Once in Royal David's City

Scripture References

Thematically related:

Confessions and Statements of Faith References

Further Reflections on Confessions and Statements of Faith References

There is a sharp contrast in this song from the child who is characterized as a “baby in a manger” and “little child” in stanza 1 and “weak and helpless” in stanza 3, and then in stanzas 4 and 5 is seen as the “Lord in heaven above” and “at God’s right hand on high.” The Apostles’ Creed, as explained in Heidelberg Catechism, Lord’s Days 14-19, Questions and Answers 35-52 shows the same contrast when “born,” “suffered,” “dead,” and “buried” give way to “ascended to heaven and is seated at the right hand of God” and “will come to judge the living and the dead.”

Tune Information

F Major or modal

Hymn Story/Background

To help children understand the Apostles' Creed words "who was conceived by the Holy Spirit, born of the virgin Mary," Cecil F. Alexander wrote this text and published it in her Hymns for Little Children (1848). Five of her six stanzas are included; the third stanza is omitted.
A good mingling of the biblical story and Christian theology, the text sets the nativity of Christ into a much larger framework-the history of salvation. Alexander's words enable us to look back and to look forward from this historic event. Stanzas 1 and 2 recall Christ's humble birth. Stanza 3 focuses on Christ's childhood and identity with humanity. Stanzas 4 and 5 look forward to the sharing of Christ's glory with his children.
Henry J. Gauntlett composed IRBY for the text and published it in the pamphlet Christmas Carols, Four Numbers (1849) in a unison setting with piano accompa­niment. Because of the hymn's traditional use (since 1918) as a processional hymn for the annual lessons and carols festival at King's College, Cambridge, various composers have provided glorious harmonizations for the tune. In the King's College festival a boy soprano sings the first stanza unaccompanied–a stunningly beautiful effect!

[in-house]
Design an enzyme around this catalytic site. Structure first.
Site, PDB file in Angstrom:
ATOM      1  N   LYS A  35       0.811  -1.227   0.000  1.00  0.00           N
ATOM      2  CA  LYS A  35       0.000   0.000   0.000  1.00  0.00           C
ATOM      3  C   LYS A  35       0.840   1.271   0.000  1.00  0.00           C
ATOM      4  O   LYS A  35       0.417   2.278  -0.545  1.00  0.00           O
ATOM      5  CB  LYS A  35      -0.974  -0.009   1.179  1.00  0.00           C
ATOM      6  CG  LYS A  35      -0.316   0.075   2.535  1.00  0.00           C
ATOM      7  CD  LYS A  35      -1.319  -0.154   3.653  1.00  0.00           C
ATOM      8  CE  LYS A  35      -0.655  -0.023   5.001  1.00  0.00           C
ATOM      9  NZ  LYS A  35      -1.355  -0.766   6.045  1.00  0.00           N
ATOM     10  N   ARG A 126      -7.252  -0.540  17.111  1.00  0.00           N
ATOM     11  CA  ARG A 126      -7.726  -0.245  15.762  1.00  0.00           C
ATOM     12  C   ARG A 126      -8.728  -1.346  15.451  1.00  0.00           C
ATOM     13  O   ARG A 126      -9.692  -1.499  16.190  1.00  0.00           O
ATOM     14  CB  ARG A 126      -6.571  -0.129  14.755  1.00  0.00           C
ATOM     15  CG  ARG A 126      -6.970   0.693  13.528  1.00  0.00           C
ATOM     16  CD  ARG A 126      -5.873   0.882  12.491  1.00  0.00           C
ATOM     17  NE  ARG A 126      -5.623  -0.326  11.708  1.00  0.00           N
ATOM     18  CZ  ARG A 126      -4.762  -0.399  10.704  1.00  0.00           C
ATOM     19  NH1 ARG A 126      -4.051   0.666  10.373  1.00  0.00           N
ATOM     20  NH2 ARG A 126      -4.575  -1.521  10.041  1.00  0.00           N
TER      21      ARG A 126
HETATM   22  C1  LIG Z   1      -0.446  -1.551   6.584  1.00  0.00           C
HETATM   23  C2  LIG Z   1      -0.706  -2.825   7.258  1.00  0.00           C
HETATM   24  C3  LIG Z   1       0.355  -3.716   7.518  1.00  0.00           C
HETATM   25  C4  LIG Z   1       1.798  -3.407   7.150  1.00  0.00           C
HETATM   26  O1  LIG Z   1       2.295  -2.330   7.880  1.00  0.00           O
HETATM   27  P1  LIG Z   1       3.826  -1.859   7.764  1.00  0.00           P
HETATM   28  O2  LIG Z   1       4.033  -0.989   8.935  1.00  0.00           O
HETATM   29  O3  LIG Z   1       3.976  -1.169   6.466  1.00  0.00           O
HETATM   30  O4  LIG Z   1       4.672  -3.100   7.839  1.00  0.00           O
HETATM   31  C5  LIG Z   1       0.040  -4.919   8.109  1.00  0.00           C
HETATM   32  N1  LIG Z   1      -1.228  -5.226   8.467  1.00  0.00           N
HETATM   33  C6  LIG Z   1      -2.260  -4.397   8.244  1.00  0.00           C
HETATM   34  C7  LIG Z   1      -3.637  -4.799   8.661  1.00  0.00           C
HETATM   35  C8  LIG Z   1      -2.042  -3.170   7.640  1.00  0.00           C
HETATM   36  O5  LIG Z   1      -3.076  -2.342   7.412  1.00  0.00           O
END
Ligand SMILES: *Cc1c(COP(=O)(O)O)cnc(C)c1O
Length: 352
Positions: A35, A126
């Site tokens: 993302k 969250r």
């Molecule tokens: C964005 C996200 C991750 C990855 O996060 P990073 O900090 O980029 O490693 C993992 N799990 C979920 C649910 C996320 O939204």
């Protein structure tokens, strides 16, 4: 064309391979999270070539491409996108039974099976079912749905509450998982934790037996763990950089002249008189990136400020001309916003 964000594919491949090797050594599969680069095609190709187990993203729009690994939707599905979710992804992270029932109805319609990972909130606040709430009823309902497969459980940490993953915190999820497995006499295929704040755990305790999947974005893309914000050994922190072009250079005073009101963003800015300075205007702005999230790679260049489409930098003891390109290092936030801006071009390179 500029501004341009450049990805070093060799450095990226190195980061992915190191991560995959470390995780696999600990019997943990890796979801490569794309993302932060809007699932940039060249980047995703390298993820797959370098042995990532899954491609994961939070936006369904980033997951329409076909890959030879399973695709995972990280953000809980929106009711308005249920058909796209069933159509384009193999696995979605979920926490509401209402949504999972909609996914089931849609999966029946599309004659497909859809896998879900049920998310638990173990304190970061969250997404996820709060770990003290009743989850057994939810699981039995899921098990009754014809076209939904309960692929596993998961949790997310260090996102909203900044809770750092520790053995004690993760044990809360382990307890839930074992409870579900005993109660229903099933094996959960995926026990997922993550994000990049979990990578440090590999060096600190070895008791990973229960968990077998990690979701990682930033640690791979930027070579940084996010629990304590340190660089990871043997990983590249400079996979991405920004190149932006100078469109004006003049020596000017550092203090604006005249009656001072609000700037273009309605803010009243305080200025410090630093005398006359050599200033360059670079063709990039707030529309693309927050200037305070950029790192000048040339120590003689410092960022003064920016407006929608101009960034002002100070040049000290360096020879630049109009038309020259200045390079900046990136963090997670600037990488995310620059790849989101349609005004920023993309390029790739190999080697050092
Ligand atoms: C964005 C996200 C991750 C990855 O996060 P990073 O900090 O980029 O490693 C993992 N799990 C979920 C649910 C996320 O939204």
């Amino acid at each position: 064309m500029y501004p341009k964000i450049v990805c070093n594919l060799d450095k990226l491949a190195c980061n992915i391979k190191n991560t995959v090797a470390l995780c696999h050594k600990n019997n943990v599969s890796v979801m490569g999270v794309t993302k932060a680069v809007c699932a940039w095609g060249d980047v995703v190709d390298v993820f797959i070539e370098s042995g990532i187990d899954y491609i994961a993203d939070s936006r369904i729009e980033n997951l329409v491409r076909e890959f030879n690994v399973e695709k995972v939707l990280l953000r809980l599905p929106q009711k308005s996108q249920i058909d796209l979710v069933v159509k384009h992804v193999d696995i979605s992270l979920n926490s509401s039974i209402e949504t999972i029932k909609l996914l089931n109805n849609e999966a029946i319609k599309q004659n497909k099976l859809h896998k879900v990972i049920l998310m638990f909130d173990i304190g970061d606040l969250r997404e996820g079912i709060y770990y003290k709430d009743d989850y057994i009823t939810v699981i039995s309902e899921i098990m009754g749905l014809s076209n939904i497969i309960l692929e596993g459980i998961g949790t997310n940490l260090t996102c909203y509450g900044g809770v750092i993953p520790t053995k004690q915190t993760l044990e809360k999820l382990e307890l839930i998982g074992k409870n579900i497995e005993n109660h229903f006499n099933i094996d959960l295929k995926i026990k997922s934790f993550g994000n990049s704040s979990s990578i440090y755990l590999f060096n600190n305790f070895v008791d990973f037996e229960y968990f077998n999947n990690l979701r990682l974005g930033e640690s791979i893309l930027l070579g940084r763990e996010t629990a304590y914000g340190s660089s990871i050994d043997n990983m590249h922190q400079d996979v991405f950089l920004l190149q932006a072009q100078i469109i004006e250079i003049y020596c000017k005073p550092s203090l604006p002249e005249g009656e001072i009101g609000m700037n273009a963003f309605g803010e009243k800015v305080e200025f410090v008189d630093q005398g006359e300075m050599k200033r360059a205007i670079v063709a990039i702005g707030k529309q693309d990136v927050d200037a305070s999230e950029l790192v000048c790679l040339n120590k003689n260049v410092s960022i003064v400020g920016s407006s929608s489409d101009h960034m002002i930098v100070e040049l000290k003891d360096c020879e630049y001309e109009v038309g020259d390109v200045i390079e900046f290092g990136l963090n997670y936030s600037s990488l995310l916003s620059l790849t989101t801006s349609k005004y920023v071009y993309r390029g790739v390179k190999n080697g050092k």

Named after a village in Lincolnshire, England, IRBY is a graceful tune that returns to the tonic in five out of six phrases. It is in rounded bar form (AABA). This hymn is a good candidate for antiphonal singing. Try having the children sing stanzas 1 and 3, the choir or full congregation sing stanzas 2 and 4, and the entire group sing stanza 5 in unison, with the choir singing the descant.
— Bert Polman

Author Information

As a small girl, Cecil Frances Alexander, (Humphries) (b. Redcross, County Wicklow, Ireland, 1818; Londonderry, Ireland, 1895) wrote poetry in her school's journal. In 1850 she married Rev. William Alexander, who later became the Anglican primate (chief bishop) of Ireland. She showed her concern for disadvantaged people by traveling many miles each day to visit the sick and the poor, providing food, warm clothes, and medical supplies. She and her sister also founded a school for the deaf. Alexander was strongly influenced by the Oxford Movement and by John Keble's Christian Year. Her first book of poetry, Verses for Seasons, was a "Christian Year" for children. She wrote hymns based on the Apostles' Creed, baptism, the Lord's Supper, the Ten Commandments, and prayer, writing in simple language for children. Her more than four hundred hymn texts were published in Verses from the Holy Scripture (1846), Hymns for Little Children (1848), and Hymns Descriptive and Devotional (1858) .
— Bert Polman

Composer Information

When he was nine years old, Henry John Gauntlett (b. Wellington, Shropshire, England, 1805; d. Kensington, London, England, 1876) became organist at his father's church in Olney, Buckinghamshire. At his father's insistence he studied law, practicing it until 1844, after which he chose to devote the rest of his life to music. He was an organist in various churches in the London area and became an important figure in the history of British pipe organs. A designer of organs for William Hill's company, Gauntlett extend­ed the organ pedal range and in 1851 took out a patent on electric action for organs. Felix Mendelssohn chose him to play the organ part at the first performance of Elijah in Birmingham, England, in 1846. Gauntlett is said to have composed some ten thousand hymn tunes, most of which have been forgotten. Also a supporter of the use of plainchant in the church, Gauntlett published the Gregorian Hymnal of Matins and Evensong (1844).
— Bert Polman